Author: Arantza Renteria Vizcarra

In a multipolar and globalized world, each country represents an opportunity. Undoubtedly, the People’s Republic of China has guided its foreign policy under this principle, where international relations are supposed to be a win-win cooperation vision towards world peace and development.

Relations between China and the Arab countries began decades ago. Before the 21st century, most of the countries of the Middle East and the Gulf had already signed a strategic plan to strengthen diplomatic ties. Although diplomatic intentions dated since the first China – Arab States Cooperation Forum in 2004, the country officially expressed its regional vision in China’s Arab Policy Document (2016), which established multisectoral goals to promote a new type of international relations and respond to economic, political, and social globalization that constantly changes worldwide dynamics. While this requires a robust state capacity building, compared to the vision of other nations, Chinese foreign policy remains consistent in non-interference in internal affairs, opting for positive results from solidarity and partnership through mutual support.

Contrary to the popular perspective, the Chinese government sees in the Middle East many fields of opportunities despite the regional conflicts that are currently affecting the stability of the region. As the largest foreign investor in the  Middle East and North Africa (MENA), China regards the region as a potential market rather than an important security environment. However, strengthening diplomatic ties between them is vital to achieving peace through reform, development, industrialization, enhancing employment, and improving people’s livelihood. Consequently, China’s policy towards Arab states for comprehensive cooperation and common development essentially covers these fields.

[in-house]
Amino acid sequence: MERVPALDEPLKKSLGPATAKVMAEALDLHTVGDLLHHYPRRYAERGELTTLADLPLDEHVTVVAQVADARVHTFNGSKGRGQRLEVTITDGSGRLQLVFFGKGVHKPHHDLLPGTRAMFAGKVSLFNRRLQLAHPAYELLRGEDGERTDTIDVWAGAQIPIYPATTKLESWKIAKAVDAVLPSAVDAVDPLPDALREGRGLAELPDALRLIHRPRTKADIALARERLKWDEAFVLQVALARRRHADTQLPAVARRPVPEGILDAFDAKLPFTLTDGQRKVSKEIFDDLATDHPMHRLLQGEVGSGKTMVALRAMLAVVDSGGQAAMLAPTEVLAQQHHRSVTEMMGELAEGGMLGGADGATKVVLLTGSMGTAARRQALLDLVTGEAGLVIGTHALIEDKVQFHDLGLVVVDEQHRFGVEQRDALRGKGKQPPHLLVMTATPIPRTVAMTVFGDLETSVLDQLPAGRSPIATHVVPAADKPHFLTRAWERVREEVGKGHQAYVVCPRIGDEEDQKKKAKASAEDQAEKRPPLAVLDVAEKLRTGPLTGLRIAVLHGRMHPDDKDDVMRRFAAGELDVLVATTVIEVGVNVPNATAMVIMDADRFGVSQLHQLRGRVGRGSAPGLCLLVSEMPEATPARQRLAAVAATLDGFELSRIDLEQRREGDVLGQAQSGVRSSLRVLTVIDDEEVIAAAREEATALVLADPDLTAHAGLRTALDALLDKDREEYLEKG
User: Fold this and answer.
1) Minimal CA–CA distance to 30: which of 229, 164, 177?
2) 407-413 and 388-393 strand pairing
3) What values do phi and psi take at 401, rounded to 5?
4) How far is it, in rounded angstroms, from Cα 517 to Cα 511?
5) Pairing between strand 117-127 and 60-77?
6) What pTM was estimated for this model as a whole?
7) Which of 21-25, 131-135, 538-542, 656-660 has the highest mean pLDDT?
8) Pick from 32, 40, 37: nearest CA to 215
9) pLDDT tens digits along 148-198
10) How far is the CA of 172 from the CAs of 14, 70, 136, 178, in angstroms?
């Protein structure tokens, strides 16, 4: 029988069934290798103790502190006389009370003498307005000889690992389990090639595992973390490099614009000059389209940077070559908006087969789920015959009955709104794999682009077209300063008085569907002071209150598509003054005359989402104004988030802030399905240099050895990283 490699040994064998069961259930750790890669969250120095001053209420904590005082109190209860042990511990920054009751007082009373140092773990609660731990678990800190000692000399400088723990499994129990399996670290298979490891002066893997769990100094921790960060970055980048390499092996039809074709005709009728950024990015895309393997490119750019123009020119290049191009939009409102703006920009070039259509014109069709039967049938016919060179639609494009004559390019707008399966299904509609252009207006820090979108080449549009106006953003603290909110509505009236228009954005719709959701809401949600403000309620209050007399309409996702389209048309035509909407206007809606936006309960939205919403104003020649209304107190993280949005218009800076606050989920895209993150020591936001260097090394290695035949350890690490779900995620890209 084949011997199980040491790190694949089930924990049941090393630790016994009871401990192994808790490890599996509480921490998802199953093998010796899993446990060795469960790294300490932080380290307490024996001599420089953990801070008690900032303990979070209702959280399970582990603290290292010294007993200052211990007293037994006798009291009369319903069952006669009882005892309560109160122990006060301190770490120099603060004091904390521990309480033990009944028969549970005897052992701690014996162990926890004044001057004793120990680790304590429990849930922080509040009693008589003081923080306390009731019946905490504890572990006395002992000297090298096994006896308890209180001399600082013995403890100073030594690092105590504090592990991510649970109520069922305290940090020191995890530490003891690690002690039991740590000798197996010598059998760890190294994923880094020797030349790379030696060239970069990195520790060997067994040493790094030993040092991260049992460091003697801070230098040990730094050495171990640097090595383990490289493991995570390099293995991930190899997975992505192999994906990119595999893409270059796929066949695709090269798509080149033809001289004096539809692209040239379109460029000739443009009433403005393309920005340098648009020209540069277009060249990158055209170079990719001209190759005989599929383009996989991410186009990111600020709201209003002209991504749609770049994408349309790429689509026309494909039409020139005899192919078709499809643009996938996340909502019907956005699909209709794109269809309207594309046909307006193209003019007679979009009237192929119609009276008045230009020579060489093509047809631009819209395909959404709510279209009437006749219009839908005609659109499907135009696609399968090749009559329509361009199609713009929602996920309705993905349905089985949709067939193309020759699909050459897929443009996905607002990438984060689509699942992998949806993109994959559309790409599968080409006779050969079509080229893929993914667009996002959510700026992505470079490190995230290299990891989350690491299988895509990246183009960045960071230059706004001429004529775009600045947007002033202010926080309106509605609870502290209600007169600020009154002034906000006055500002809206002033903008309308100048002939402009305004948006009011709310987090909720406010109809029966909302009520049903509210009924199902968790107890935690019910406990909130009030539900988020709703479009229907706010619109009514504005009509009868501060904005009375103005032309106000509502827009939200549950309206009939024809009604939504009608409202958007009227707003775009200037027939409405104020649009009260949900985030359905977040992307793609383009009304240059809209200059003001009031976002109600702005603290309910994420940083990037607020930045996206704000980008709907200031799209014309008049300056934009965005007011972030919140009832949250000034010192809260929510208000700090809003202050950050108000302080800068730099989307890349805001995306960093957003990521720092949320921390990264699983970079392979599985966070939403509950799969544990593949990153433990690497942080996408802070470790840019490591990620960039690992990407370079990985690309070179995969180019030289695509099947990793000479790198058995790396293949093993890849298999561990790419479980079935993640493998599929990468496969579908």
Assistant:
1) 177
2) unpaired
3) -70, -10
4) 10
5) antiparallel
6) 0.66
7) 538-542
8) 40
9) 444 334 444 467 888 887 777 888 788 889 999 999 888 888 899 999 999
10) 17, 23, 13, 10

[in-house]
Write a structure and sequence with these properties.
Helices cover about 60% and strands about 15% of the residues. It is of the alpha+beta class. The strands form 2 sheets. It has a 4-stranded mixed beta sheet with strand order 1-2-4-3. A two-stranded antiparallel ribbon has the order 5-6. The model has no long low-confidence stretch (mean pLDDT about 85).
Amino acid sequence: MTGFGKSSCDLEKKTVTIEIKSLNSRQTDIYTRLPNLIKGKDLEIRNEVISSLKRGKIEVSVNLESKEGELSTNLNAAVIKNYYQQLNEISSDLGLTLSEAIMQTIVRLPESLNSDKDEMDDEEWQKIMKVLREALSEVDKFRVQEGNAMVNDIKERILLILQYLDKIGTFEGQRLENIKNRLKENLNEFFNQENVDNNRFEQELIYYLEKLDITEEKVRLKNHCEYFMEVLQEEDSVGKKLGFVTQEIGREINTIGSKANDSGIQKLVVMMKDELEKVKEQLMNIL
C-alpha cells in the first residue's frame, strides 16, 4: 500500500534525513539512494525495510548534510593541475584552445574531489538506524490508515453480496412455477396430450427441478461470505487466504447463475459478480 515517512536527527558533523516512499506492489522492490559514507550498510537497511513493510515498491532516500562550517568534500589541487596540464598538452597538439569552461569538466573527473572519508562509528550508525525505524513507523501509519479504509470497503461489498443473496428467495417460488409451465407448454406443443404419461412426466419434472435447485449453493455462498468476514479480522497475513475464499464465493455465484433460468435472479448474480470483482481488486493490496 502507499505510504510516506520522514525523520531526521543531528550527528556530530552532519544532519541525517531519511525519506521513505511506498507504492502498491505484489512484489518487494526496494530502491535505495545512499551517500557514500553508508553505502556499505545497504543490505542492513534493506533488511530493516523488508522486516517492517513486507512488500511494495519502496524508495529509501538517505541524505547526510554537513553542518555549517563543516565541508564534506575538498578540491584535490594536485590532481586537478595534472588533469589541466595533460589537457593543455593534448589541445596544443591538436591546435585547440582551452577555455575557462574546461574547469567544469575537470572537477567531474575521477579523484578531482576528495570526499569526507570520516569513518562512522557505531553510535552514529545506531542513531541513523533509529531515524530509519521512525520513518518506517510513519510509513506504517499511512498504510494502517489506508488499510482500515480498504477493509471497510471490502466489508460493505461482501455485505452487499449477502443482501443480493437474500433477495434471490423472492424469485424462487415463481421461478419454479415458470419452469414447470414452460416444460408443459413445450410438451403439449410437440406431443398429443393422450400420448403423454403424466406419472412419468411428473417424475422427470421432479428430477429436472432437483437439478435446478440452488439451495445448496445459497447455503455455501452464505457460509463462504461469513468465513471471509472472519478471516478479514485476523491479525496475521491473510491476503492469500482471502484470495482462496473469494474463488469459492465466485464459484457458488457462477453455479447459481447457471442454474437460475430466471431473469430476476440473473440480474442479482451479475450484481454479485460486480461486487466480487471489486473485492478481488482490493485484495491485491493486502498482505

First and foremost, from the Chinese perspective, international trade is the most valuable mechanism to connect domestic and international markets and resources and foster a new development paradigm at a faster pace. Trade has served to strengthen relations between China and Gulf countries, taking into account that Arab countries as a whole have become their biggest supplier of crude oil and China is now the Gulf Cooperation Council’s top economic partner and the largest trading partner of Kuwait, Oman, Saudi Arabia, and the UAE. Although China has not developed a Free Trade Agreement with the GCC, this is still the desired objective since negotiations started in 2004. Until now, the two parties have convened nine rounds of negotiations, usually based in Riyadh and Beijing, reaching an agreement on various trade issues.

On the economic wing, the Persian Gulf is geopolitically vital for the realization of many Chinese development and trade projects. Therefore, China’s proposed initiatives of jointly building the “Silk Road Economic Belt” and the “21st Century Maritime Silk Road”, establishing a “1+2+3” cooperation pattern. This vision was reinforced in the ninth Ministerial Conference of the China-Arab States Cooperation Forum (CASCF), on 6 July 2020. In the event, Arab countries agreed to implement the execution plan for 2020-2022, which consists of accelerating the creation of the Belt and Road initiative based on the principle of consultation and cooperation for shared benefits.